With at least four decades in the media business, Media Trainer and Consultant Taiwo Obe has witnessed the sparkling era of journalism in Nigeria, and its progressive slump to near irrelevance.
The Journalist as Evangelist
“What I see these days is not what it should be,” he said while welcoming delegates to the 1st Media Leaders Summit, hosted in mid-September by The Journalism Clinic, which he founded in 2012 to reverse the slide. And having “done journalism for 41 years, I told myself that what I need to do at this stage is to become an evangelist for journalism to get its groove back.”
And from 2014 to date, the Clinic has facilitated periodic trainings for different groups of journalists across Nigeria, schooling them in current trends in media practice, including mobile journalism and digital storytelling techniques.
But there was a clog in the wheel. “Each time we hold trainings for people in the lower cadres in the newsrooms, they tell us: ‘The editors will not allow us to do this’, ‘the editor wants it this way’ and so on,” he noted.
The Summit is his most recent effort to address that dilemma, to speak directly to the decision makers in the newsrooms. It brought under one roof chief executives, editors-in-chief, editors and directors of print, broadcast, online and community media, and a select group of other media stakeholders.
“We need our media to thrive,” Obe stressed, moving around the room as he did. “It’s the reason we are all locked up here for two whole days. We must take important decisions that we can take away so that we can thrive. If we leave this place, and weeks and months after, we are still doing things as we were doing before, we would not have achieved our objectives for this summit.”
And so the delegates settled in to learn and digest what it would take to re-shape “Nigeria’s media industry for relevance and revenue — in the digital age.”
The Summit’s keynote speaker and lead resource person was Juan Senor, President of the Innovation Media Consulting Group and a former Visiting Fellow of the Oxford University.
“He has directed projects all over the world helping news organisations to re-invent their products and stay relevant with shifting audiences,” a brief citation of him reads. “He has worked and advised hundreds of media companies on every continent. [And] he serves on the Advisory Board of several media companies around the world.”
The delegates were, without a doubt, in great company. Senor, who spoke on the theme: “Good Journalism, The Beginning and the End”, didn’t mince words: he told his listeners that an analogue mindset, approach or newsroom workflow won’t cut it in the digital age. And newsroom integration, he added, has become the name of the game.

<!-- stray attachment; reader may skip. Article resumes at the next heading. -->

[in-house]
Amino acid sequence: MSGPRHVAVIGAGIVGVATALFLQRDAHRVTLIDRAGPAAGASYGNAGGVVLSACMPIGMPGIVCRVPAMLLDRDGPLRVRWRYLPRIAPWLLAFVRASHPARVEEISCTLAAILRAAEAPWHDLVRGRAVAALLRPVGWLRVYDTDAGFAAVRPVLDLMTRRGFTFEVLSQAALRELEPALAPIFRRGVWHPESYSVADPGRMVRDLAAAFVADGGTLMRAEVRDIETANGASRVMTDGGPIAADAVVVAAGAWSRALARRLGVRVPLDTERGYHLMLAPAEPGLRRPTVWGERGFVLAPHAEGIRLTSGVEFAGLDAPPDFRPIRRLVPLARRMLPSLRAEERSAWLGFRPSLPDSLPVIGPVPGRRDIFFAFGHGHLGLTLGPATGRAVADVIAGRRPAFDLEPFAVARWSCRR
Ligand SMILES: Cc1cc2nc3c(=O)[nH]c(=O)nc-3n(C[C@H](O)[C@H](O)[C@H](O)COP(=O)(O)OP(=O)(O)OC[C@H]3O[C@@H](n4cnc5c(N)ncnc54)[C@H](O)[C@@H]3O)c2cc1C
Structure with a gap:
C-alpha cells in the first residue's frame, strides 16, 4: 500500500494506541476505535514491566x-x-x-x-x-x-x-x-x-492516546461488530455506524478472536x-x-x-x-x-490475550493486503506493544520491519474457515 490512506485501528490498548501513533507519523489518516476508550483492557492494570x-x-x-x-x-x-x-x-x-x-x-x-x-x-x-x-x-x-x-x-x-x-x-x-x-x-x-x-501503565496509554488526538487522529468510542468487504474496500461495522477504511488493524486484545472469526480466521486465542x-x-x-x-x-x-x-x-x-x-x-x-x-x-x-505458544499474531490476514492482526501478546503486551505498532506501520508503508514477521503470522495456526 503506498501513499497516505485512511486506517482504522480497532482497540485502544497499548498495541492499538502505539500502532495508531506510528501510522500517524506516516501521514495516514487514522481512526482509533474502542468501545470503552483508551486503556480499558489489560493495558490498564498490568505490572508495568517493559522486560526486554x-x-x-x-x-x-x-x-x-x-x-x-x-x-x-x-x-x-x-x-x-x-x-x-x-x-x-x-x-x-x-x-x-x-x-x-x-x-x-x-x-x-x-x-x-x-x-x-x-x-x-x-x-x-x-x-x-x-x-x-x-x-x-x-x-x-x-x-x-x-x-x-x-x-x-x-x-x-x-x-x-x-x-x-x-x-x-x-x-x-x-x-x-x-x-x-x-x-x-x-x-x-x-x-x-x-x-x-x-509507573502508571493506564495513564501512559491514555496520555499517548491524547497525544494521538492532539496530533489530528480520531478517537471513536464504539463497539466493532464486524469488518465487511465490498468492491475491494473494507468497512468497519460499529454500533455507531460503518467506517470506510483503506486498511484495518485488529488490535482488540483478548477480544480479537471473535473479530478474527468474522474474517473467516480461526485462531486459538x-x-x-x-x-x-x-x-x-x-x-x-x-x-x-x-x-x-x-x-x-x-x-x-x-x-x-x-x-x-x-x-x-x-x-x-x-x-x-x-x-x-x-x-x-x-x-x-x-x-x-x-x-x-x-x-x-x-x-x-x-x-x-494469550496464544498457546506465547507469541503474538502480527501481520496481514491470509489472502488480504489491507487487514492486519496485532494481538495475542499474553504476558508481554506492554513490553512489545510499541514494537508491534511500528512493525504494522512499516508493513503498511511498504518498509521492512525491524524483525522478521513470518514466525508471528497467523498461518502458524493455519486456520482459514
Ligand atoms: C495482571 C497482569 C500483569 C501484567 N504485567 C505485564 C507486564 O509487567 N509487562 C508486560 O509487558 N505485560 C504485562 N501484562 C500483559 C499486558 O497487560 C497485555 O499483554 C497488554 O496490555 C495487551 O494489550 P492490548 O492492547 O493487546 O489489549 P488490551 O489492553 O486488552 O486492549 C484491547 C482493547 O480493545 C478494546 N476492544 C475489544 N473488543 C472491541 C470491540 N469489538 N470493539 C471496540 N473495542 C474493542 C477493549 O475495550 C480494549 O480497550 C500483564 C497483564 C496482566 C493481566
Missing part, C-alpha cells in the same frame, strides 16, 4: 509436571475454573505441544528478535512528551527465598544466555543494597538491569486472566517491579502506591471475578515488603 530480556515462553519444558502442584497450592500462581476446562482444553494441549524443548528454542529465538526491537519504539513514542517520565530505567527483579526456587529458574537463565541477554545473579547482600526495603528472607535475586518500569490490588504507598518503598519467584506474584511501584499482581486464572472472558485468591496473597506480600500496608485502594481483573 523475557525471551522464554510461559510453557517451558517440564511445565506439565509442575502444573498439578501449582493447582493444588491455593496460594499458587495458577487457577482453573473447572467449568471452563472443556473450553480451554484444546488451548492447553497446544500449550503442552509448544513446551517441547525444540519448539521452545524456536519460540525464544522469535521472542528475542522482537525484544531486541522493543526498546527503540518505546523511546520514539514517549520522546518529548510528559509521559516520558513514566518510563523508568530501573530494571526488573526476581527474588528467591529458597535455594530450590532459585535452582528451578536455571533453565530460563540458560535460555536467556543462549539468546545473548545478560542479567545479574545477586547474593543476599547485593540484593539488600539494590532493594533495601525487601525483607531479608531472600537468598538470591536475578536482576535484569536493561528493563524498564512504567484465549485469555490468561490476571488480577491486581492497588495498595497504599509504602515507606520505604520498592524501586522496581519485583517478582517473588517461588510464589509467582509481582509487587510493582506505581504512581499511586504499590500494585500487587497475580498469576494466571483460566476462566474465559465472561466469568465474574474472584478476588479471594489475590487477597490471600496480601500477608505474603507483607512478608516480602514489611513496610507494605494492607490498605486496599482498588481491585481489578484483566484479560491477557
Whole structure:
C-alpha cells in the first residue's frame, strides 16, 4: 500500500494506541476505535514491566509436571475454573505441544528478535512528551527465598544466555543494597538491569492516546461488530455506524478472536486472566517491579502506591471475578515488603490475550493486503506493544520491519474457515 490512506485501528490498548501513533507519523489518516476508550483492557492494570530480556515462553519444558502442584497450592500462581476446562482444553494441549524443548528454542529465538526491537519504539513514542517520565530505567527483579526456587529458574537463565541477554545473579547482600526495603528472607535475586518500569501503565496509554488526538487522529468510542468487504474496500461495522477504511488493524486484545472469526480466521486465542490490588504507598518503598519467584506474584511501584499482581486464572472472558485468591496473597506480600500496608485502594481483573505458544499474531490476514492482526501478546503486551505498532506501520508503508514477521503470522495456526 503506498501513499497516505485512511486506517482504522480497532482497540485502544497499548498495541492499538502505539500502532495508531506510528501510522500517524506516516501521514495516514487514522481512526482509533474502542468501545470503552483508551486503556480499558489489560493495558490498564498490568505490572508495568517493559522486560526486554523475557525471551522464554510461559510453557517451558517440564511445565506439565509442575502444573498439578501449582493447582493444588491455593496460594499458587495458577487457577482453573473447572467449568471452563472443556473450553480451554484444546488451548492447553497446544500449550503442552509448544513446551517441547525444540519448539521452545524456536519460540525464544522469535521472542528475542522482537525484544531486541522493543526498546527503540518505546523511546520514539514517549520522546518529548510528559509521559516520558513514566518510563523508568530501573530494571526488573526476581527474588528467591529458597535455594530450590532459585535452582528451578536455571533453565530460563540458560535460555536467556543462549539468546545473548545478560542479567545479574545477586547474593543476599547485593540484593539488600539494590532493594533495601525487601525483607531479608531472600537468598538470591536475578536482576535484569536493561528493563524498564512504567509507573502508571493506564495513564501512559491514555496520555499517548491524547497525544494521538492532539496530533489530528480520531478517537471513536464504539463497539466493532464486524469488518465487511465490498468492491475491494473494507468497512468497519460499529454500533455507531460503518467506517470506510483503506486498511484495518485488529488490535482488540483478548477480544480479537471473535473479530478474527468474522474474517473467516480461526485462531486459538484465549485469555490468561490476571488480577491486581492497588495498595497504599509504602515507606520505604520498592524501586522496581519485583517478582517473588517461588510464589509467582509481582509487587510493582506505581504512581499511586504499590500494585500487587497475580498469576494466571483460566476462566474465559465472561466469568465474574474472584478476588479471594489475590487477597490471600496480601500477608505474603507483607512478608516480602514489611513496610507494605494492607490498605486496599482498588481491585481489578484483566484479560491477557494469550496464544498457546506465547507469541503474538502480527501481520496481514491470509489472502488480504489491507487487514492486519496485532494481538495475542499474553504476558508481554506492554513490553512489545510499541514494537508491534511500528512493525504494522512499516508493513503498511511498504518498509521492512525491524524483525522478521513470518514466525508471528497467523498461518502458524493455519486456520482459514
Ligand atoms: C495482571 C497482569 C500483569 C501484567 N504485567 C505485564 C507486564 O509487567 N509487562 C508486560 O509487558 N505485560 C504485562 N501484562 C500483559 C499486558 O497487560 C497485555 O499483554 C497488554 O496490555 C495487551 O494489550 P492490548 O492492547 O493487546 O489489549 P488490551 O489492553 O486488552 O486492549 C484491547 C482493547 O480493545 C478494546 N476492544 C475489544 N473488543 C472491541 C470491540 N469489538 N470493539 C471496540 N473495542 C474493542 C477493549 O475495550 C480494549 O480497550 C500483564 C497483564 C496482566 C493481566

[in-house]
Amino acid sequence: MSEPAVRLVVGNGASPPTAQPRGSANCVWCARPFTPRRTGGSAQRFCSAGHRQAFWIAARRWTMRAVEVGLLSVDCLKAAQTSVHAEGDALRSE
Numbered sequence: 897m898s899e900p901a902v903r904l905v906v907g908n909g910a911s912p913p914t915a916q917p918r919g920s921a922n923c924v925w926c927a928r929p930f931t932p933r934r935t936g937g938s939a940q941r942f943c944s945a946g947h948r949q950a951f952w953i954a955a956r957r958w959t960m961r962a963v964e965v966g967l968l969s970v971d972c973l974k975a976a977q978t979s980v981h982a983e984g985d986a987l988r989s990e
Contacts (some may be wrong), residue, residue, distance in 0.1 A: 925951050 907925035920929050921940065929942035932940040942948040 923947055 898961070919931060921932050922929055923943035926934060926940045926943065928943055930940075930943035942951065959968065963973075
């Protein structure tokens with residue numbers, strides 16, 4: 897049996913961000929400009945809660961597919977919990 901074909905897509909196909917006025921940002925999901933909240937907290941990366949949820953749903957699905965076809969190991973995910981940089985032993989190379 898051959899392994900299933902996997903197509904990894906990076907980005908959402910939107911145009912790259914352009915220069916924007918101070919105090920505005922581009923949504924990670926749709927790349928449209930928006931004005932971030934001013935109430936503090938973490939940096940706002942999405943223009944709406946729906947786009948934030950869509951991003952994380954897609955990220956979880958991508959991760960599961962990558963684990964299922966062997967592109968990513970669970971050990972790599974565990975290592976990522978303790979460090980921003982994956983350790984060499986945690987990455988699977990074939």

“There is so much money to be made in digital publishing,” he emphasised at some point during his presentations, which was split into three different sessions. “You are not making it. You need to have a digital paid strategy.”
And by the end of the Summit, a lot of transformational learning had taken place. And out of it came a 10-point Action Plan, recommended for adoption by the Nigerian news media industry, which is as follows
1. Although digital technology has disrupted the news media business, the principles and purpose of journalism remain largely the same.
2. Good journalism is the surest path to sustainable business survival and profitability. Therefore, news media operations must strive to produce and deliver content that their audiences and consumers must be willing to pay for.
3. Advertising must not remain the sole source of revenue for the media. Media houses must build their brands such that they can leverage them to generate revenue from sources such as events, festivals, book publishing, merchandising, licensing, affiliate marketing and club membership.
4. There cannot be digital journalism without the reconfiguration of newsrooms to enhance workflow.
5. News operations’ websites – and not third-party platforms – must be the primary destinations for their audiences and communities because the money is where the article is viewed, watched and touched. Platforms must not be allowed to make money off the operators’ talents and initiatives.
6. After the news breaks, the media must continue to develop the story through various techniques made possible by the internet and digital technology to provide answers to questions the consumers want answers to, such as the why, the how and what next.
7. The old ways of buying media space has changed as media buyers now deploy data and scientific methods to decide where to place their clients’ ads. Therefore, media owners must collectively work towards providing sales and marketing information which are measurable and verifiable.
8. There’s a need for tertiary institutions offering journalism and mass communication courses to review their curriculum to meet the demands of the digital era.
9. Media organisations must imbibe sound Corporate Governance principles and ensure that their staff are promptly and adequately remunerated.
10. Journalism must not only be a mirror but also a healer of the society. Media organisations must therefore regularly drive issues of public concern and significant social impact through campaigns or crusade. Examples of the issues worth crusades are:
- How the media should aid credible elections
- What can be done to reduce infant mortality
- How to save indigenous languages from extinction
- How Nigerian oceans can be made safe
- How to make Nigerian security agencies work for, and not against Nigerians.